VIRTUAL I-O VIRTUAL-REALITY HEADGEAR
(FORTUNE Magazine) – SEATTLE Founded 1993 Revenues: N.A. Employees: 150 Private www.vio.com
Three years ago Greg Amadon and Linden Rhoads were pitching their idea to make virtual-reality eyeglasses to fellow Seattle residents Bill Gates, Craig McCaw, and every other techno-tycoon with whom they could finagle an audience. But it wasn't until they lugged 900 pounds of computer and video equipment to Boothbay Harbor, Maine, that they found the perfect investor: John Malone, CEO of Tele-Communications Inc. Amadon and Rhoads spent an evening in his garage setting up the equipment, including a rare 3-D camera borrowed from a Japanese company, to demonstrate an early version of their glasses. Malone saw promise: Here was a technology that could spur 3-D cable channels and VR videogames. TCI became the startup's largest investor.
Unlike the typical bulky headgear that makes virtual-reality aficionados look like giant ants, Virtual i-O's glasses are half-pound lightweights. Once they're put on, stereoscopic images reflected from tiny liquid-crystal displays create the illusion of watching an 80-inch screen 11 feet away. Some models, with head tracking, are used in VR arcades or with PCs. A cheaper version serves as a personal TV screen when hooked up to a VCR or to videogame machines by Nintendo, Sega, or Sony. Says Rhoads: "Every cathode-ray tube is a target."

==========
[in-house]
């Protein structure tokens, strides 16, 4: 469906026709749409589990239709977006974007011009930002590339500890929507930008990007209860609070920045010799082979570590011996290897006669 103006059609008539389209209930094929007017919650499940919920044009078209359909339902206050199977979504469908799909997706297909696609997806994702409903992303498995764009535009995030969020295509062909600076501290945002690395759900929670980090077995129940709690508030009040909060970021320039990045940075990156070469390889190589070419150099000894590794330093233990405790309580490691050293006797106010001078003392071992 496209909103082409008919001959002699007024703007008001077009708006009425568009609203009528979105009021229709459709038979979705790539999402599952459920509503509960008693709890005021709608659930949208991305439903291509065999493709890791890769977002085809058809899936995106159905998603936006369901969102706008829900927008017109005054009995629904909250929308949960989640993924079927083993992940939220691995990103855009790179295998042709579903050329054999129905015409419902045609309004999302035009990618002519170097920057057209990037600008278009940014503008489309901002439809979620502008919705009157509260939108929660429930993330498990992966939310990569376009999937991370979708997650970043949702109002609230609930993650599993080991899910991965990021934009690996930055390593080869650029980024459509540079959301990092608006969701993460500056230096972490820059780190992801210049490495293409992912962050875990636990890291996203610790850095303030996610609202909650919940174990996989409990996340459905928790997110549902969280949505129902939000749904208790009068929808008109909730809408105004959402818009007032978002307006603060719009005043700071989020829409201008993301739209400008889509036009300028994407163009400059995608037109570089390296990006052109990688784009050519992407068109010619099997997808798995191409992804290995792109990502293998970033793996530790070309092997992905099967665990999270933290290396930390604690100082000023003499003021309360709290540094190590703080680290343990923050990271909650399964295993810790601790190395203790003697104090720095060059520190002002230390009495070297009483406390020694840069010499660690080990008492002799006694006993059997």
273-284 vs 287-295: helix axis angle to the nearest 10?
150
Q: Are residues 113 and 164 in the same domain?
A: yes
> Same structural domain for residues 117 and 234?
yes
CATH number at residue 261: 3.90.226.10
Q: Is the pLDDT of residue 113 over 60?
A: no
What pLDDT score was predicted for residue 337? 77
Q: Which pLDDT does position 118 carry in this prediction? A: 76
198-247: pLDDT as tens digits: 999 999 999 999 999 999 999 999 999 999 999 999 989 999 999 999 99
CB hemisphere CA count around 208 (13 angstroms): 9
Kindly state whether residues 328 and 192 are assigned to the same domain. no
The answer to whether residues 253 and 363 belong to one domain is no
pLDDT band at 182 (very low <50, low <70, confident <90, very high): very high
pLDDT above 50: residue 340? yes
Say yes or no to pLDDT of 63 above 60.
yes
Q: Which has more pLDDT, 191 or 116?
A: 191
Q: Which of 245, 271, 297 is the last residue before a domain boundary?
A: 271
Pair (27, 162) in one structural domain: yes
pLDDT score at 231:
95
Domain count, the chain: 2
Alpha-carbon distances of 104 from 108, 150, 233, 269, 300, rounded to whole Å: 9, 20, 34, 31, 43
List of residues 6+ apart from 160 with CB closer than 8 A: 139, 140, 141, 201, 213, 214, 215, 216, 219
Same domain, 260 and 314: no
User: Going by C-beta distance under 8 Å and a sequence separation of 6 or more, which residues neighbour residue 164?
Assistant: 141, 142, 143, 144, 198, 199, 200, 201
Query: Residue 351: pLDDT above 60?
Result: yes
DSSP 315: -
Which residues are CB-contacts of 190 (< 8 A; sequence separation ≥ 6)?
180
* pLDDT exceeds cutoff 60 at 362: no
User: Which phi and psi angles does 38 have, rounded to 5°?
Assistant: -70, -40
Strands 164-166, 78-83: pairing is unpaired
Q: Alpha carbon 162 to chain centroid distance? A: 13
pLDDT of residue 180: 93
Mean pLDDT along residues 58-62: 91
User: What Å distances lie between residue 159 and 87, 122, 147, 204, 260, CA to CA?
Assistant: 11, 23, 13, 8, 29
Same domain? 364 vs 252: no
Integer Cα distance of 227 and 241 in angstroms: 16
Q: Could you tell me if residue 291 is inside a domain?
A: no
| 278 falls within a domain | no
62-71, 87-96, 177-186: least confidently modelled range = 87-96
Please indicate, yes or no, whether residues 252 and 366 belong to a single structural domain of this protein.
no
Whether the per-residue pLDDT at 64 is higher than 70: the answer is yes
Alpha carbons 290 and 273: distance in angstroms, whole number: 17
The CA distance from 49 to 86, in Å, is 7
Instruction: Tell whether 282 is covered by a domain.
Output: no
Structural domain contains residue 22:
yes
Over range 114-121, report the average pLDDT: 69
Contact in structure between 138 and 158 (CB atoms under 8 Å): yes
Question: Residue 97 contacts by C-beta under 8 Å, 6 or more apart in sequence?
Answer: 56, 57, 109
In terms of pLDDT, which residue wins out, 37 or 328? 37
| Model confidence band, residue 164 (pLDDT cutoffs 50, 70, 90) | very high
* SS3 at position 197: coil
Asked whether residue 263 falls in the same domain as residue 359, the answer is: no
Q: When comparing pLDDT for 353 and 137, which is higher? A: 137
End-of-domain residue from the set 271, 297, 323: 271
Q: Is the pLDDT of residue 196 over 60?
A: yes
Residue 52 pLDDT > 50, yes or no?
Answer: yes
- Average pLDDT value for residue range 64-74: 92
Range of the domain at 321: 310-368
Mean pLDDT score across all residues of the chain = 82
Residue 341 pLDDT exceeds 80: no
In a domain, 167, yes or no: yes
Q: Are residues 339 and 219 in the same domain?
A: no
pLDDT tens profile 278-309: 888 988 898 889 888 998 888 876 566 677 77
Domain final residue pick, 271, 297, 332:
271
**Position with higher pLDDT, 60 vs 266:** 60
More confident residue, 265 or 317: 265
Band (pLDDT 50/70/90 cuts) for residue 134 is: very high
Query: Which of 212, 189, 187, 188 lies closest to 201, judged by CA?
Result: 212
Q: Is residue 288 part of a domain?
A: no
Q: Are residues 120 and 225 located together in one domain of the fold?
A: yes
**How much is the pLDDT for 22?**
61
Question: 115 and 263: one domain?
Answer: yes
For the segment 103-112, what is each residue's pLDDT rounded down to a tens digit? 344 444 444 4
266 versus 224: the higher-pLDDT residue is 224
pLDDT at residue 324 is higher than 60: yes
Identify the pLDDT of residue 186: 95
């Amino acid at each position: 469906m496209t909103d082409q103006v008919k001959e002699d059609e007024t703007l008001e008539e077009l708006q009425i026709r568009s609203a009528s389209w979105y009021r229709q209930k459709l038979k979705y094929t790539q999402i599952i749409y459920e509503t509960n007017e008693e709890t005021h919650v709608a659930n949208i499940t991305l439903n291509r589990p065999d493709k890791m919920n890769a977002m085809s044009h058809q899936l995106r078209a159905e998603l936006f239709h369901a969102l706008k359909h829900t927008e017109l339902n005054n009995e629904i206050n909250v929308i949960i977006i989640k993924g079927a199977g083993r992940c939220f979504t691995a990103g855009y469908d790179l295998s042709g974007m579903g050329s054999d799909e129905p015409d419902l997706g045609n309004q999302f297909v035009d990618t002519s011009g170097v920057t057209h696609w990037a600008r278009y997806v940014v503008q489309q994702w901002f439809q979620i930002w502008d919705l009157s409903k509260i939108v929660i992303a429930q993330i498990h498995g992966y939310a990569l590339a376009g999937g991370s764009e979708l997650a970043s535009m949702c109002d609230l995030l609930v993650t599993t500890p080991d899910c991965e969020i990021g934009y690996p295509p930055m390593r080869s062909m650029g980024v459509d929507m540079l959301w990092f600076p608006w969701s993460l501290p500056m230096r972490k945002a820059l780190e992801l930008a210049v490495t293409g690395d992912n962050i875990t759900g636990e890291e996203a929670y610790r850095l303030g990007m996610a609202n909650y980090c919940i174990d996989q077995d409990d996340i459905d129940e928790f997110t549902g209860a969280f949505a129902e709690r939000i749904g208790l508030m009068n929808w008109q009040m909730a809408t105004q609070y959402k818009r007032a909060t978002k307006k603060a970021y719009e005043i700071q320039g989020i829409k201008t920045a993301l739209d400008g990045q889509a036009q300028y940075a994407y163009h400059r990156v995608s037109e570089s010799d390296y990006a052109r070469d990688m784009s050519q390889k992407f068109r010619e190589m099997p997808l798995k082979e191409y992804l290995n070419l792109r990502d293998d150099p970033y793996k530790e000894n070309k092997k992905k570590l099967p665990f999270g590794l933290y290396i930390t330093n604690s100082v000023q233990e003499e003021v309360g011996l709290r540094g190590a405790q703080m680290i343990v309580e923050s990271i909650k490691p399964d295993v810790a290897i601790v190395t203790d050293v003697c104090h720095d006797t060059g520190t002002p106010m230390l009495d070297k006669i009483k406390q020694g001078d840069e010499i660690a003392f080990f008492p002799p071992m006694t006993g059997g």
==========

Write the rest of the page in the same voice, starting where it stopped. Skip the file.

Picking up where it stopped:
Surprisingly the company's first customers were dentists. Thousands use the video goggles to distract patients with movies (The Texas Chainsaw Massacre, anyone?) while drilling their molars. Discussions are under way with TCI, Time Warner, DirecTV, and the Discovery Channel about launching a 3-D channel for viewers outfitted with the glasses. CEO Amadon says a major PC maker will soon announce a laptop that employs a version of the glasses in lieu of a screen, making it a fraction of the weight of today's subnotebooks.